Whirlwind sightseeing weekend: Monastery, rice museum

The last weekend in June (also our last in Burriana), we took advantage of having a car for our move to go to a few out-of-the-way spots that were still on our Valencian Community bucket list.

First stop: the Monastery of Santa María in El Puig. Puig is Valenciano for “hill,” and indeed the monastery lies atop a large one. Guided tours are only given on a very specific schedule – there are no freeform visits, and of course it’s closed on Sunday. We decided to go on Saturday afternoon after the lunch descanso.

Jaume I, the king who conquered much of Valencia, ordered the construction of a church on this site in the year 1237. He chose the location because it was where a priest was said to have discovered a very old image of the Virgin Mary under a bell; she would have survived all those years of Muslim rule before the arrival of Jaume I, right? The construction of the massive monastery began in 1588.

Old tilework, reconstructed.

With so much history, things are in a constant state of restoration.

Jesus cut himself while shaving? This was common on a lot of the paintings here – to prevent further deterioration.

Every town in the Valencian Community has a shield on the stained glass lining the patio. We found ours!

Vilarreal (transitional home) and Castellón (capital of our province).

The adjacent church was impressive, too.

Woodcarving near king’s room.
Note the hanging rabbit. Something to do with hunting.
The king doesn’t look too happy, though.

The building has served many purposes over time, including a temple, prison, and school. Today, the monastery’s lobby is also home to a printing museum, which Doer enjoyed while Dreamer waited on a bench nearby.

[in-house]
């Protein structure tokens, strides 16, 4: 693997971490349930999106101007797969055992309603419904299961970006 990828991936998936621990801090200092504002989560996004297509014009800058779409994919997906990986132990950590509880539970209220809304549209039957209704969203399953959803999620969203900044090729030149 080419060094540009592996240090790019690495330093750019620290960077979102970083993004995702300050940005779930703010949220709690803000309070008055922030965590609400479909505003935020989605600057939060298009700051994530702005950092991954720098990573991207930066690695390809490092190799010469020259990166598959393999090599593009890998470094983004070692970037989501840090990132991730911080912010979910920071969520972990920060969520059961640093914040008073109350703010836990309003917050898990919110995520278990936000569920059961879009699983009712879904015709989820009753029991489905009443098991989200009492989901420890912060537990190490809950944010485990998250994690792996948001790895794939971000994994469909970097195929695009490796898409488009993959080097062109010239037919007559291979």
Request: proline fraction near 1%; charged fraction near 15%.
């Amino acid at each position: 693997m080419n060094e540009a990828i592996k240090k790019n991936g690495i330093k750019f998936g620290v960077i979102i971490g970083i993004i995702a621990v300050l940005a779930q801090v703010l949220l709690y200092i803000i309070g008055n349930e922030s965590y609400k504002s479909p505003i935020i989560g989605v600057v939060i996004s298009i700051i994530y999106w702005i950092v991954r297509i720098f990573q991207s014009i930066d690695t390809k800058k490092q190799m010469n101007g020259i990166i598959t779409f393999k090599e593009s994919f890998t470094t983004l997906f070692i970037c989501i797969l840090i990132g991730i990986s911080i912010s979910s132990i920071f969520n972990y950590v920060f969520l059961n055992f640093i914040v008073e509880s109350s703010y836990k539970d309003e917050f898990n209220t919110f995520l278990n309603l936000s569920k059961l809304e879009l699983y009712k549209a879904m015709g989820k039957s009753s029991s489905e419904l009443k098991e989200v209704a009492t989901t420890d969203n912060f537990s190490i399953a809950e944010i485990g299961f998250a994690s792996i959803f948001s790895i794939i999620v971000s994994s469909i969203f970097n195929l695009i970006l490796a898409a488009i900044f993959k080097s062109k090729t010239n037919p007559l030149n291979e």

Linotype mechanical typesetter.
IBM Selectric typewriter bobbins… these look familiar.
Offset printing press.
Cases and cases of moveable type.

The entire monastery was literally built on a hill. Look in the corners of the rooms in case you forget.

Dreamer enjoyed the old posters.

A cultural society dedicated to defending, preserving, and teaching Valencian language and culture.

With the late sunset, we found we still had time to head into Valencia proper to see its beachside rice museum. This old rice mill was reconstructed in conjunction with the Polytechnic University and put on display so visitors could appreciate the process of rice production. They were able to totally reconstruct the old machinery – it’s pretty impressive if you are into this sort of thing… which Doer definitely is.

Dreamer enjoyed capturing his childlike wonder.

And then we found it: a husker! A rice husker, to be exact.


After visiting so many art museums, his raison d’être was clear. This machine was called a riddle, by the way.

Old electrical panel. Note those wire fuses on the bottom part, too.

Dreamer, still nonplussed, was at least happy that Doer was enjoying his visit.

We finished the day at a Chinese buffet (the predominant kind here where it’s still unlimited, but they bring you the food to order) before heading home to prepare for our next adventure on Sunday.

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